Commission-free options: You also need to check if the brokers you choose offer no-transaction-fee mutual funds or commission-free ETFs. This is an important criterion that is used to rate discount brokers, and you should employ it too.
Trading costs: If the commission or transaction fee isn’t waived, consider how much a broker or fund company charges to buy or sell the index fund. Mutual fund commissions are higher than stock trading ones, about $20 or more, compared with less than $10 a trade for stocks and ETFs.
- Learn about fund fees and tax effects
Low or reduced costs are one of the biggest selling points of index funds. These funds are cheap to run because they are automated to follow the shifts in value in an index. However, don’t assume that all index mutual funds are cheap as some can greatly surprise you by their costs. It is imperative that you figure out how much a potential index fund will cost you before you think of investing. All fee information are always listed on the broker’s website.
These costs you have to watch out for include:
Investment minimum: This is the minimum required to invest in a mutual fund and it can run as high as a few thousand dollars. Once you’ve crossed that threshold, you may only be allowed to add money in smaller increments.
Account minimum. This is different than the investment minimum, it is the minimum amount that is allowable in your account. Although a brokerage’s account minimum may be $0, but that doesn’t remove the investment minimum for a particular index fund.
Expense ratio. This is one of the main costs that are subtracted from each fund shareholder’s returns as a percentage of their overall investment. You can find the expense ratio in the mutual fund’s prospectus or when you call up a quote of a mutual fund on a financial site.
Tax-cost ratio. In addition to paying fees, owning the fund may trigger capital gains taxes if held outside tax-advantaged accounts like a 401(k) or an IRA. Like the expense ratio, these taxes can take a bite out of investment returns: typically 0.3% of returns when invested in an index fund, according to a 2014 study by Vanguard founder John Bogle.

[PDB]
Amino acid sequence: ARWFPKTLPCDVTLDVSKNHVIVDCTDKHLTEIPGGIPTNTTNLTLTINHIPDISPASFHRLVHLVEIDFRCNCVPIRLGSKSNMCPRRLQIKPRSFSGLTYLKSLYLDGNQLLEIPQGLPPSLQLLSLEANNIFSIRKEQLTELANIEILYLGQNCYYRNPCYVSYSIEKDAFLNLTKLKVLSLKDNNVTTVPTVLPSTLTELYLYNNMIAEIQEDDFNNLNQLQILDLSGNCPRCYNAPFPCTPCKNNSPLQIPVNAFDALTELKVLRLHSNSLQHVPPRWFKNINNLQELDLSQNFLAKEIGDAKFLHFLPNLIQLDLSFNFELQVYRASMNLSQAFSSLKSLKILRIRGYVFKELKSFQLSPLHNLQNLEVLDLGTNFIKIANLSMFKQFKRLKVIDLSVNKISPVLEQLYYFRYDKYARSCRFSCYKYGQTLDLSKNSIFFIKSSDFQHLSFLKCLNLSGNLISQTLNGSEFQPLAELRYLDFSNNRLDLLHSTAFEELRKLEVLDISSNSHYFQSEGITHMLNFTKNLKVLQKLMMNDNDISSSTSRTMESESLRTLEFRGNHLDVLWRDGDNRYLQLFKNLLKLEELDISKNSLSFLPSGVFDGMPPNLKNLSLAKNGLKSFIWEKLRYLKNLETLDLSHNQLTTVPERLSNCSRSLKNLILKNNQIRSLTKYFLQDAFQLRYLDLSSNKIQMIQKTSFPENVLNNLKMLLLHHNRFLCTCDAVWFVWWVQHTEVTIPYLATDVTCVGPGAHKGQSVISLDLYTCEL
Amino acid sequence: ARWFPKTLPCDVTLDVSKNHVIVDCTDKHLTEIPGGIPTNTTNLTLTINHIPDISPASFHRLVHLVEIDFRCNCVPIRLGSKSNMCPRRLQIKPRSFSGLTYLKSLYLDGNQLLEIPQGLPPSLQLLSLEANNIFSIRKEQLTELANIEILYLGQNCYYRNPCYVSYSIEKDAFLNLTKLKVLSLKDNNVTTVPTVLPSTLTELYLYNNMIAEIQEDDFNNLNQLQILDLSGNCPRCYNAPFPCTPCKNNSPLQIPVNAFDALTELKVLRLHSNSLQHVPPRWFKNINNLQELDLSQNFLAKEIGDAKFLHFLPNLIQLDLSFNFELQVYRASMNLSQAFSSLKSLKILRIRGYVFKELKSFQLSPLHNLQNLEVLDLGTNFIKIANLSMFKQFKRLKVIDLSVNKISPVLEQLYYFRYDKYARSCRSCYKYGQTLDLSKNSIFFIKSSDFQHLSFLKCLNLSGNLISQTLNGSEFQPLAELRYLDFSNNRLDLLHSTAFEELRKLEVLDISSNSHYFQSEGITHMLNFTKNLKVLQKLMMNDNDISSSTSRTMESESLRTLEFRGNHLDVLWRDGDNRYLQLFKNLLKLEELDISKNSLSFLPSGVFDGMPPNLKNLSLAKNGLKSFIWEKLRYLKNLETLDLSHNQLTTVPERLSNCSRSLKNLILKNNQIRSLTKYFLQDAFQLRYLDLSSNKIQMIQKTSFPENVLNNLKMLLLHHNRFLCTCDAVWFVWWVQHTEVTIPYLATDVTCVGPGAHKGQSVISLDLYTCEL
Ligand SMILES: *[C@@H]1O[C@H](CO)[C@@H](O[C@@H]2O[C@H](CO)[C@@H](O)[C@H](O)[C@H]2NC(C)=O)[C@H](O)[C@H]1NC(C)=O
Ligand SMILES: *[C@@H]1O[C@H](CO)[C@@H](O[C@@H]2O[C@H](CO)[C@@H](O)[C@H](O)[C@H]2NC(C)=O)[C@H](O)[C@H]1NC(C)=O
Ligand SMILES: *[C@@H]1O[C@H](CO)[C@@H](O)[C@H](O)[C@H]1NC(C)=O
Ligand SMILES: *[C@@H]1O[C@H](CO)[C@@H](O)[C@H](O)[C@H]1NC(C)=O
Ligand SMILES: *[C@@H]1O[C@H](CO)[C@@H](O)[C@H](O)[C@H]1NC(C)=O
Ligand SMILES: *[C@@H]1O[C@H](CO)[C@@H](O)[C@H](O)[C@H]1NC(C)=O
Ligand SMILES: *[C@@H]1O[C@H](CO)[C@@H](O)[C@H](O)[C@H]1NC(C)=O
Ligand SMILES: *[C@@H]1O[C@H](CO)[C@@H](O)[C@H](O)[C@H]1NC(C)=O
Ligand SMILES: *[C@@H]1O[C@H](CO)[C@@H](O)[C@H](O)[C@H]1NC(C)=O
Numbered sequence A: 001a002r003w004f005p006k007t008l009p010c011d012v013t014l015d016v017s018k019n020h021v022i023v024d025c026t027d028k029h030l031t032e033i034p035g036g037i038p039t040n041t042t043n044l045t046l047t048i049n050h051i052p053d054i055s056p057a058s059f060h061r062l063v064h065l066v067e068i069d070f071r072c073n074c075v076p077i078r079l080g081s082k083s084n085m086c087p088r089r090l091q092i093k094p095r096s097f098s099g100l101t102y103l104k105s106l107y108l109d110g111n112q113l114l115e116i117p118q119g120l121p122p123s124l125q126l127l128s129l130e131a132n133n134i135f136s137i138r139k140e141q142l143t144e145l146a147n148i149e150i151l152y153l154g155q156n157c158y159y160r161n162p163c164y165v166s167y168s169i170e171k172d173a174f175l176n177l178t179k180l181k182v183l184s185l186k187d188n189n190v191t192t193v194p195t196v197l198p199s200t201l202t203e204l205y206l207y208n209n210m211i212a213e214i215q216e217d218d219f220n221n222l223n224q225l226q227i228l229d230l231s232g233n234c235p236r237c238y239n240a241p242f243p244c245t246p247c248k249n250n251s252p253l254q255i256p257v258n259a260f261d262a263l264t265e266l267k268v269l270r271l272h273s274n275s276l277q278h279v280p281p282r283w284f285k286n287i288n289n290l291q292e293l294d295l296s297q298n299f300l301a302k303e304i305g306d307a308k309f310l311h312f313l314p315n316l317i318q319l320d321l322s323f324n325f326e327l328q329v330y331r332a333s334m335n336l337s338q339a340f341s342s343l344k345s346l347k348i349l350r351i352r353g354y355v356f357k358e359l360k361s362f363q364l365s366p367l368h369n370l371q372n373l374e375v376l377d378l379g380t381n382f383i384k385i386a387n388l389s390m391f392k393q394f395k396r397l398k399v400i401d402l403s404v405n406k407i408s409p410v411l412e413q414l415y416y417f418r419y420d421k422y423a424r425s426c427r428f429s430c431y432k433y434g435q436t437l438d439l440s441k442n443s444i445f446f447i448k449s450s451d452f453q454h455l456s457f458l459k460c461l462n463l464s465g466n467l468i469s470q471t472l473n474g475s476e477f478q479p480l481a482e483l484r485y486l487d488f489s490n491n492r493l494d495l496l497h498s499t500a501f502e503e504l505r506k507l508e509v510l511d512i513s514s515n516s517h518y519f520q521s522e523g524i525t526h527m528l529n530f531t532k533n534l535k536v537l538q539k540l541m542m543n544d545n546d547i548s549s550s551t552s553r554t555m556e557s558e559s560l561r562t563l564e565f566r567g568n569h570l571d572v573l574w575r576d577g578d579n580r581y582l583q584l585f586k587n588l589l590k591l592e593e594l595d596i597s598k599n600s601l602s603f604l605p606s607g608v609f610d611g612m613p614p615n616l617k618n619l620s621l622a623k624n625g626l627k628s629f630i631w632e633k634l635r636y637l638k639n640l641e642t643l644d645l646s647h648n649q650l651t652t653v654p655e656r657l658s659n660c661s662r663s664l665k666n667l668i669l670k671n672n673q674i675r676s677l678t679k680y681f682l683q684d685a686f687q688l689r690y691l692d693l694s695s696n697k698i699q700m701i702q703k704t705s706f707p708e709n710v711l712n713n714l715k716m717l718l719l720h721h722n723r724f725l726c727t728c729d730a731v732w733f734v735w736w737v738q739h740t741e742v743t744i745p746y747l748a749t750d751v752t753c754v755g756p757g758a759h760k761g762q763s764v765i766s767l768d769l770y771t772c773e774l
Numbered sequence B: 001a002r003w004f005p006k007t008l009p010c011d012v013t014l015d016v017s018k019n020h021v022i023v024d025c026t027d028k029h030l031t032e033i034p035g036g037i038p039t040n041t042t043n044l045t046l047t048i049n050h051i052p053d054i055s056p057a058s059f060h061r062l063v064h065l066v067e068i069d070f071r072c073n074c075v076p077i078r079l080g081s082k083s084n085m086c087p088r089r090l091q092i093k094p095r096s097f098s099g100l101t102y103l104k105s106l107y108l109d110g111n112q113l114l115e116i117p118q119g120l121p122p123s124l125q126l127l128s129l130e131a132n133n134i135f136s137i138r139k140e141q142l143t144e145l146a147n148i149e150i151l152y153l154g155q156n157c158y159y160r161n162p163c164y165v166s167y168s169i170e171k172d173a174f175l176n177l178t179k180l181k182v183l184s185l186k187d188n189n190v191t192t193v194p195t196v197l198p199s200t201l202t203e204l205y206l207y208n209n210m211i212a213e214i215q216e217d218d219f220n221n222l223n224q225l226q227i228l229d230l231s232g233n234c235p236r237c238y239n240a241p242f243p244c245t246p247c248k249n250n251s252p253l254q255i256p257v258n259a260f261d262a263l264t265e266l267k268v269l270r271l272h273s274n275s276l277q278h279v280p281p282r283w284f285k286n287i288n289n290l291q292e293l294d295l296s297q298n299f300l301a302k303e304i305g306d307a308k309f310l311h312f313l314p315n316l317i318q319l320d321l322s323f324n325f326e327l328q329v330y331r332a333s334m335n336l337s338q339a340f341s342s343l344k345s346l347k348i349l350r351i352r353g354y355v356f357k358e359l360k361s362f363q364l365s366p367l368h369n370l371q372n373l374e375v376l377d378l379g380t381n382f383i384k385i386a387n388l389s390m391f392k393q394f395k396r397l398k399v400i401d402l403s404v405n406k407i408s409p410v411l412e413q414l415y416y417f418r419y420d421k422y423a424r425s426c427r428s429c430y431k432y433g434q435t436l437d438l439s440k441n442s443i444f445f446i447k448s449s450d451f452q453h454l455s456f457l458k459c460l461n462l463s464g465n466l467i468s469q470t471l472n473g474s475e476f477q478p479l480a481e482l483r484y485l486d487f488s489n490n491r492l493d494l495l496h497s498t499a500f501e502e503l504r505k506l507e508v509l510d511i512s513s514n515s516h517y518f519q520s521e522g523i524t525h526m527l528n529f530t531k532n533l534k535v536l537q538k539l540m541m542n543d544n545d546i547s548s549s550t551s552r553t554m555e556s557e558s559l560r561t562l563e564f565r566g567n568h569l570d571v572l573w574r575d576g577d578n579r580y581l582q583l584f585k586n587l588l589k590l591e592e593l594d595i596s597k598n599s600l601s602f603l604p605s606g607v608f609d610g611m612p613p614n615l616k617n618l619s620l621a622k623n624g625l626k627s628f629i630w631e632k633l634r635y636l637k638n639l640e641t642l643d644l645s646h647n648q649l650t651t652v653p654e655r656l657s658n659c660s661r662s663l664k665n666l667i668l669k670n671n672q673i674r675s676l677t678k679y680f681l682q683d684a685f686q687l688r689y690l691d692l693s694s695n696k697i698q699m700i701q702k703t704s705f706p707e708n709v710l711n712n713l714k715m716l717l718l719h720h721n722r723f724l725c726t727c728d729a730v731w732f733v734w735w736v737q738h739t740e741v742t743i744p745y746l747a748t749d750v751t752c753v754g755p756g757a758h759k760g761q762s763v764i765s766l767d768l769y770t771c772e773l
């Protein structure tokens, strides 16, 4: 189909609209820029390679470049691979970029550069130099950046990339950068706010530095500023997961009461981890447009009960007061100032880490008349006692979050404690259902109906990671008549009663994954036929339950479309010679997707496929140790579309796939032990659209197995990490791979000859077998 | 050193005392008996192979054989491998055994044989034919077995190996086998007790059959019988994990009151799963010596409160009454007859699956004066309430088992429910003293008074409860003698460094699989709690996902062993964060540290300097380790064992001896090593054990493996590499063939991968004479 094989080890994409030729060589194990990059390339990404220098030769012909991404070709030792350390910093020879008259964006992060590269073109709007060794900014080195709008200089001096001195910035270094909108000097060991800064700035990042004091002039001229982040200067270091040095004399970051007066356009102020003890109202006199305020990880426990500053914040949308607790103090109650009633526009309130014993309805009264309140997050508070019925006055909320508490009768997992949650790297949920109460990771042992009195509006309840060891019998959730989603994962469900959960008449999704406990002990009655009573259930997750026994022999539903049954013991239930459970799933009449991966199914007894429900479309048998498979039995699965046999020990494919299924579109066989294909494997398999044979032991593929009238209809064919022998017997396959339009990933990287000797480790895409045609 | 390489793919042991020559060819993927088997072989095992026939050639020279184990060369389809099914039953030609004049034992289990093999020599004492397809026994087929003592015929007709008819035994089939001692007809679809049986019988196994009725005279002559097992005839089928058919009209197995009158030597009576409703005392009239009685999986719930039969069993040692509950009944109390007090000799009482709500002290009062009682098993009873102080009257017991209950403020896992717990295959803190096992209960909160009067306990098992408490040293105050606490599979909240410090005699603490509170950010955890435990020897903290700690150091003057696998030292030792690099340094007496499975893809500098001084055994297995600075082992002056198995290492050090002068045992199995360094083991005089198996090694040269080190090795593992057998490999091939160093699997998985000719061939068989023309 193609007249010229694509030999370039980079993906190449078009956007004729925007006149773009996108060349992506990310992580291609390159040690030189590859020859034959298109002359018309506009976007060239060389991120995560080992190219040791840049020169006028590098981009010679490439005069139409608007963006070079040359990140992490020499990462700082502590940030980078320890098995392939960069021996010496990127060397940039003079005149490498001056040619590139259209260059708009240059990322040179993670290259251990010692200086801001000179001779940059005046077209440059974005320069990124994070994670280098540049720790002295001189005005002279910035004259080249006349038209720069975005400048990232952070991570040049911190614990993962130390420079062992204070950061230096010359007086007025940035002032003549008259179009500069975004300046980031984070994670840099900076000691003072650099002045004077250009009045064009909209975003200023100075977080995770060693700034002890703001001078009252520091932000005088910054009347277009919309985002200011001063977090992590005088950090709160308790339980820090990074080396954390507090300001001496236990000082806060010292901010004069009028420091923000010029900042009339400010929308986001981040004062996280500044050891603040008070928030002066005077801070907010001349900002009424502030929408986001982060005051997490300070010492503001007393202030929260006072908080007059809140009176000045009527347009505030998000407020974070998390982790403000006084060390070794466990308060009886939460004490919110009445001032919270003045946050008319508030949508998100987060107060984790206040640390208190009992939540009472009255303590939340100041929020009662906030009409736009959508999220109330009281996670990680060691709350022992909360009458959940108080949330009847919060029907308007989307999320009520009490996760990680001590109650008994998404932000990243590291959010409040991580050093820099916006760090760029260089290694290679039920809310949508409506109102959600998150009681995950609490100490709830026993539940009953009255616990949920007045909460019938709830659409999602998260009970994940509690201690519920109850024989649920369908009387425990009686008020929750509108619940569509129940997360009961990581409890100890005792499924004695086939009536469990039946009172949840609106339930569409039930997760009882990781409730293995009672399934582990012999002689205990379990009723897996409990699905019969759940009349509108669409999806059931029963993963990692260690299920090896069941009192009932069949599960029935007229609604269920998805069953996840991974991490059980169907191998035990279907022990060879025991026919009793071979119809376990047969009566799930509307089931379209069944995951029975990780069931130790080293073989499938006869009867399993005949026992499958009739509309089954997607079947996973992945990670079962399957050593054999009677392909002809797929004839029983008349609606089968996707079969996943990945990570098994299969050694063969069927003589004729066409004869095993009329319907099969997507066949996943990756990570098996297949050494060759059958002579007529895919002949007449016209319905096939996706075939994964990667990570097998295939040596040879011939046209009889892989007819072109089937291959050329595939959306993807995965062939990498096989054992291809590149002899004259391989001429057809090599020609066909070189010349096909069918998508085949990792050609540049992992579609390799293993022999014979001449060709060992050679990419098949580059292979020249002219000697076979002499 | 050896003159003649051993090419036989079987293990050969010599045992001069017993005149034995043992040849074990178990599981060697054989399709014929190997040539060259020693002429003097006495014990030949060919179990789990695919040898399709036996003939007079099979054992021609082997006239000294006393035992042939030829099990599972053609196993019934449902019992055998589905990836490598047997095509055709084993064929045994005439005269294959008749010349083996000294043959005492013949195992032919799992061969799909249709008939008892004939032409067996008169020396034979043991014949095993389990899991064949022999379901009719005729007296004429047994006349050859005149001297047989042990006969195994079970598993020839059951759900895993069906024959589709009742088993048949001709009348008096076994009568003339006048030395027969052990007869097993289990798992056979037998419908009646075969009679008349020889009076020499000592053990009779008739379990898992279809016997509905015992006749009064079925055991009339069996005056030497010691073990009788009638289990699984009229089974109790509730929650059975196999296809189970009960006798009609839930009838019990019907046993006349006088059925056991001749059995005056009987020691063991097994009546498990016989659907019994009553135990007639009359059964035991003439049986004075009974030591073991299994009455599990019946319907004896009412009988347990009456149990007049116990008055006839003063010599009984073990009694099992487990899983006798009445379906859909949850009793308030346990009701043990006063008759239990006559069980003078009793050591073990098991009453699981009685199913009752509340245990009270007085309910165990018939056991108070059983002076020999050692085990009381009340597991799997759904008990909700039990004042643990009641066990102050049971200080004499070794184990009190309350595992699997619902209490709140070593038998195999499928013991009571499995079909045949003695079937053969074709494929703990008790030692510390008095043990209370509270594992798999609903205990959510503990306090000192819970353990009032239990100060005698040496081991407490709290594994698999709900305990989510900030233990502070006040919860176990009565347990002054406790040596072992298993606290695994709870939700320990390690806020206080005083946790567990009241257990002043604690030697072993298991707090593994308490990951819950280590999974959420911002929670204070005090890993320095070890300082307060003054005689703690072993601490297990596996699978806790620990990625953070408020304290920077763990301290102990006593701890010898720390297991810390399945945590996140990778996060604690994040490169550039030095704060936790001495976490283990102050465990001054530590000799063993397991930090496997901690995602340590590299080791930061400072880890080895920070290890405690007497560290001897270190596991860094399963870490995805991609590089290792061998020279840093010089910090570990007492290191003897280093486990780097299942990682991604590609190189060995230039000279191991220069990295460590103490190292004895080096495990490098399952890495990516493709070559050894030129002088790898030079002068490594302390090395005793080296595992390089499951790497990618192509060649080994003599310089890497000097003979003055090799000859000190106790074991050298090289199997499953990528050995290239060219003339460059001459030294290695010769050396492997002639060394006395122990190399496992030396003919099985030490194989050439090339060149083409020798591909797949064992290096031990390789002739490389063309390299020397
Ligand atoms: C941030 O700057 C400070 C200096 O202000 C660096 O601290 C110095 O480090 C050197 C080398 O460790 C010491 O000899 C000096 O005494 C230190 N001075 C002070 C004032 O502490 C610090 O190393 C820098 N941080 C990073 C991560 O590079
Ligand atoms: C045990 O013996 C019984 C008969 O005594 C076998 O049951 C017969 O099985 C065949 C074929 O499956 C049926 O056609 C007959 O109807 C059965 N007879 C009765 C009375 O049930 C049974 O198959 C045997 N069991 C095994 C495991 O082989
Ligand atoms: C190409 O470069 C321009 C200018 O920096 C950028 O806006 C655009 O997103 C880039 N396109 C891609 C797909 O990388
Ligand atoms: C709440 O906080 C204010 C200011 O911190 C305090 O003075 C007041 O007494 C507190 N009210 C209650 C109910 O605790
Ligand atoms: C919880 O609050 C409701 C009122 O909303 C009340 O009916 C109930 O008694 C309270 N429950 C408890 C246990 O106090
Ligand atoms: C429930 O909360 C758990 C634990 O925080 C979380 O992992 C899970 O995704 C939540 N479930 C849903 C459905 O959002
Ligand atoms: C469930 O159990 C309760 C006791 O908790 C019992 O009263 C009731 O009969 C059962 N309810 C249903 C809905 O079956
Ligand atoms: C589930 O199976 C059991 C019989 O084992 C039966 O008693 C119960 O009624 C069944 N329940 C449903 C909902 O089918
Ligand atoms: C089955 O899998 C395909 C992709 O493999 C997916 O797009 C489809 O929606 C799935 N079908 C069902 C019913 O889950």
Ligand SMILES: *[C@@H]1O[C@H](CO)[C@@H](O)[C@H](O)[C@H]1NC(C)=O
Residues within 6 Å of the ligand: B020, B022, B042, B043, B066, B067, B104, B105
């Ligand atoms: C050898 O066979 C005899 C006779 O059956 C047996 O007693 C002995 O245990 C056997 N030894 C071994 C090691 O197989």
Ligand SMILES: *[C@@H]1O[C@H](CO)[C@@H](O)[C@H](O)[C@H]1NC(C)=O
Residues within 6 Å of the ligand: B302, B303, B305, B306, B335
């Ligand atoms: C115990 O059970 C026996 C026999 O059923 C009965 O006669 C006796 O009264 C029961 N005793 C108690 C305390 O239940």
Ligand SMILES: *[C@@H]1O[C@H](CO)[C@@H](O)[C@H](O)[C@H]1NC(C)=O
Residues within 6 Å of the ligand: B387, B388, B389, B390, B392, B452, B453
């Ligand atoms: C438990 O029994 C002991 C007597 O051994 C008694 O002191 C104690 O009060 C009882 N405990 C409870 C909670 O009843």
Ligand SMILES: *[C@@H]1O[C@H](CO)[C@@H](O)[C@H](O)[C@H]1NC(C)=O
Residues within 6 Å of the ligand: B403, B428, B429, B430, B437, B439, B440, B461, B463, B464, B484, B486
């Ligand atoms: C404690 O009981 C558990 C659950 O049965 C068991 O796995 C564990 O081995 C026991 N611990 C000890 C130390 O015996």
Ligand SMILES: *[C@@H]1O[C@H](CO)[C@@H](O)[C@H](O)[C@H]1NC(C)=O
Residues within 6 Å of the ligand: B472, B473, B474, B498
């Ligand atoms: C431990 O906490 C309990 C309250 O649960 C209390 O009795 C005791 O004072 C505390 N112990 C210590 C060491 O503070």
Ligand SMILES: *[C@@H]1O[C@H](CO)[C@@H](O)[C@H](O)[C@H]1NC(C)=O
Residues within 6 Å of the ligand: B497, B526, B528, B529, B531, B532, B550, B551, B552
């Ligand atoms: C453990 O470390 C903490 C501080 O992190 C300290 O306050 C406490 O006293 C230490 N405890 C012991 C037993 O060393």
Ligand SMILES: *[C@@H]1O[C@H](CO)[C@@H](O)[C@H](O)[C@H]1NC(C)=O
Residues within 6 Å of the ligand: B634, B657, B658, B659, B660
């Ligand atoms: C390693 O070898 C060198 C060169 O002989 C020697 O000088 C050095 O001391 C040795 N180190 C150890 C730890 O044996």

- Decide how much you’d like to invest
This part is an intensely personal decision. You’ll need to weigh how much you can invest against the fund’s minimums.
5. Make your investment
When you have considered all the above variables, you can now make your investment. Ensure that you invest in a portfolio that you are comfortable with. Investing in index funds is one of the simplest ways to grow your wealth over time. The key to investing in index funds, however, is to understand the index you are investing in and to get started sooner rather than later. So if you have any intention of investing in this fund, the time to start is now. The faster you can start investing your money for the long haul, the more time your money will have to grow on its own.
If your goal is building wealth for the future, index funds offer a great opportunity that can help you get started. The learning curve to dive into this type of investing isn’t too steep, and it’s easy to open an online brokerage account and start investing right away. With low operating costs and fees to match, index funds offer one of the most affordable ways to invest over the long-term.
- 5 Benefits You Stand to Gain When You are an A-List Salesman - February 25, 2021
- Is It Possible to Become a Registered Nurse With an Associate Degree? - February 25, 2021
- How to Become a Pediatric Nurse Practitioner - February 25, 2021